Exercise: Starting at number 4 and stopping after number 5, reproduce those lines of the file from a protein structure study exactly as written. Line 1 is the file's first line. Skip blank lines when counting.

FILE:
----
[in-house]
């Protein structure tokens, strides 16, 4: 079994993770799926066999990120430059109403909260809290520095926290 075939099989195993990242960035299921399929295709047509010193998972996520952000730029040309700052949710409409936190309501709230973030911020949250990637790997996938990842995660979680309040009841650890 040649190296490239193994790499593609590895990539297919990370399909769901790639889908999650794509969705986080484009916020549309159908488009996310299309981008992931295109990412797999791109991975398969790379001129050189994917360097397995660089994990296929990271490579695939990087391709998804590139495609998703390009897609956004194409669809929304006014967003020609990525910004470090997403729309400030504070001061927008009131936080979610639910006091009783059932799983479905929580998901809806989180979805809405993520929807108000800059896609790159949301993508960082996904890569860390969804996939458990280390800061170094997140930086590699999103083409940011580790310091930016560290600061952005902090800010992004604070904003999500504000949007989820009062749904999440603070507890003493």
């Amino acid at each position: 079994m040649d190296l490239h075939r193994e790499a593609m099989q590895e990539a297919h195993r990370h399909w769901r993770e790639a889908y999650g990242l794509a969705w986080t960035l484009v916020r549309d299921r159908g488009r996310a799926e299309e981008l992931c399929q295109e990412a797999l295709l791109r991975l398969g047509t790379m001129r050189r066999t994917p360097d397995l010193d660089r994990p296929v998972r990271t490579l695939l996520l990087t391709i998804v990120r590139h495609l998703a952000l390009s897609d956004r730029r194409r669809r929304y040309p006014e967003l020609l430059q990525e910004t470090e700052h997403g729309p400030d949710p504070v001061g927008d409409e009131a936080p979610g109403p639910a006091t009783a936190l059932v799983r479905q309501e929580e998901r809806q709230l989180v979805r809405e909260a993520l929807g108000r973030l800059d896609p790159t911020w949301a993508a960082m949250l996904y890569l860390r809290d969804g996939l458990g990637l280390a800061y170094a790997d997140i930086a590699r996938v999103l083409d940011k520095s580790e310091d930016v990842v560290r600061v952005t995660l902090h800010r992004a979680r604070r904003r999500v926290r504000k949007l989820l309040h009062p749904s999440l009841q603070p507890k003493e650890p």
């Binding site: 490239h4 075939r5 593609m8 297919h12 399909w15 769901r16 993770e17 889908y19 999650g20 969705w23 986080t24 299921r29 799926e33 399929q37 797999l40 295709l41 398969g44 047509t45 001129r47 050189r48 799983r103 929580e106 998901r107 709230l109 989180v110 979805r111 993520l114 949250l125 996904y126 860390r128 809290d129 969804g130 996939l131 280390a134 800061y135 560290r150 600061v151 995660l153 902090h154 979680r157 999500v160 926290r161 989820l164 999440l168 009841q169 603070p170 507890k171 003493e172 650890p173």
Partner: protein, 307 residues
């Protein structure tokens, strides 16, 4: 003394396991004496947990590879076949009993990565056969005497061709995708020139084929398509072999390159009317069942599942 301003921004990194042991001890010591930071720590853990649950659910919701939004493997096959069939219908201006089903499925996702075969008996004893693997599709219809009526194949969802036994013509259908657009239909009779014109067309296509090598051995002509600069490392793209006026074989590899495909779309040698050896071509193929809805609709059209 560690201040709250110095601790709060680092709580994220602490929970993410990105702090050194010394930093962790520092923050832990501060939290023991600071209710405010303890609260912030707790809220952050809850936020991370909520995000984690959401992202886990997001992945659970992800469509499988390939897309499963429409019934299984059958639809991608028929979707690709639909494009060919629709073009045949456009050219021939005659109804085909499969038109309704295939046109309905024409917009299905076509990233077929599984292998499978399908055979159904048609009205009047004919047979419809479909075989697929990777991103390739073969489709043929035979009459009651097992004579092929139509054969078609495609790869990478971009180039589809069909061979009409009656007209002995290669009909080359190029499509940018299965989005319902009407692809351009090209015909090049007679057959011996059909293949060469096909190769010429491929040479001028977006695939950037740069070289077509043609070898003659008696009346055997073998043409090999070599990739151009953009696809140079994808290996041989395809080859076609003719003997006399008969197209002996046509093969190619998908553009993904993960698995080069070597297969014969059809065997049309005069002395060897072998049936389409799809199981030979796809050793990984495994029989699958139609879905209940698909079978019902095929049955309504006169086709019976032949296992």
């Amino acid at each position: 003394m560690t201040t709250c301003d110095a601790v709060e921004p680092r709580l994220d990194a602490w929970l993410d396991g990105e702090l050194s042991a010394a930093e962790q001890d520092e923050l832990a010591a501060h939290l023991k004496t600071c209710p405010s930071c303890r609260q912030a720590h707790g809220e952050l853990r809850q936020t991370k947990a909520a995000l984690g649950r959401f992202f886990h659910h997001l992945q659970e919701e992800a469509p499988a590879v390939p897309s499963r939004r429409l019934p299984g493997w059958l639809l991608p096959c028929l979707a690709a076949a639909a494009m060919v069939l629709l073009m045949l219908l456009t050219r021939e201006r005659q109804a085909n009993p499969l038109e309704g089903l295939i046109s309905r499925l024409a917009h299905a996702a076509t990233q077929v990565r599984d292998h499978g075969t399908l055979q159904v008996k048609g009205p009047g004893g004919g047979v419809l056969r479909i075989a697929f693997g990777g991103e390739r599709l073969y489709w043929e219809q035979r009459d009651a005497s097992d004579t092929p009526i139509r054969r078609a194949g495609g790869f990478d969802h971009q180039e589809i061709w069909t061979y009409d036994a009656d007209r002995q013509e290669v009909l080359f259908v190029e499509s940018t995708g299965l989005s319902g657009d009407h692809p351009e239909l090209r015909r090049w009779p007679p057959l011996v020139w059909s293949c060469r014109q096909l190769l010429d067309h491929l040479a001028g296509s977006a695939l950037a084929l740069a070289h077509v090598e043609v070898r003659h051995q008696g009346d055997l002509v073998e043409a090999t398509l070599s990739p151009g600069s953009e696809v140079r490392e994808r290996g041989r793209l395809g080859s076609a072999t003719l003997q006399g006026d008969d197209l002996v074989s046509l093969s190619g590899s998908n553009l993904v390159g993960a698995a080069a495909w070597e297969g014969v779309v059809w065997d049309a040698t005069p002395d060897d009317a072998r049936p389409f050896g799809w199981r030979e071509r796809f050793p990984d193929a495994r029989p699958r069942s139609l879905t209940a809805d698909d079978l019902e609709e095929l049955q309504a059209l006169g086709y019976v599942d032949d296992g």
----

């Binding site: 490239h4 075939r5 593609m8 297919h12 399909w15 769901r16 993770e17 889908y19 999650g20 969705w23 986080t24 299921r29 799926e33 399929q37 797999l40 295709l41 398969g44 047509t45 001129r47 050189r48 799983r103 929580e106 998901r107 709230l109 989180v110 979805r111 993520l114 949250l125 996904y126 860390r128 809290d129 969804g130 996939l131 280390a134 800061y135 560290r150 600061v151 995660l153 902090h154 979680r157 999500v160 926290r161 989820l164 999440l168 009841q169 603070p170 507890k171 003493e172 650890p173």
Partner: protein, 307 residues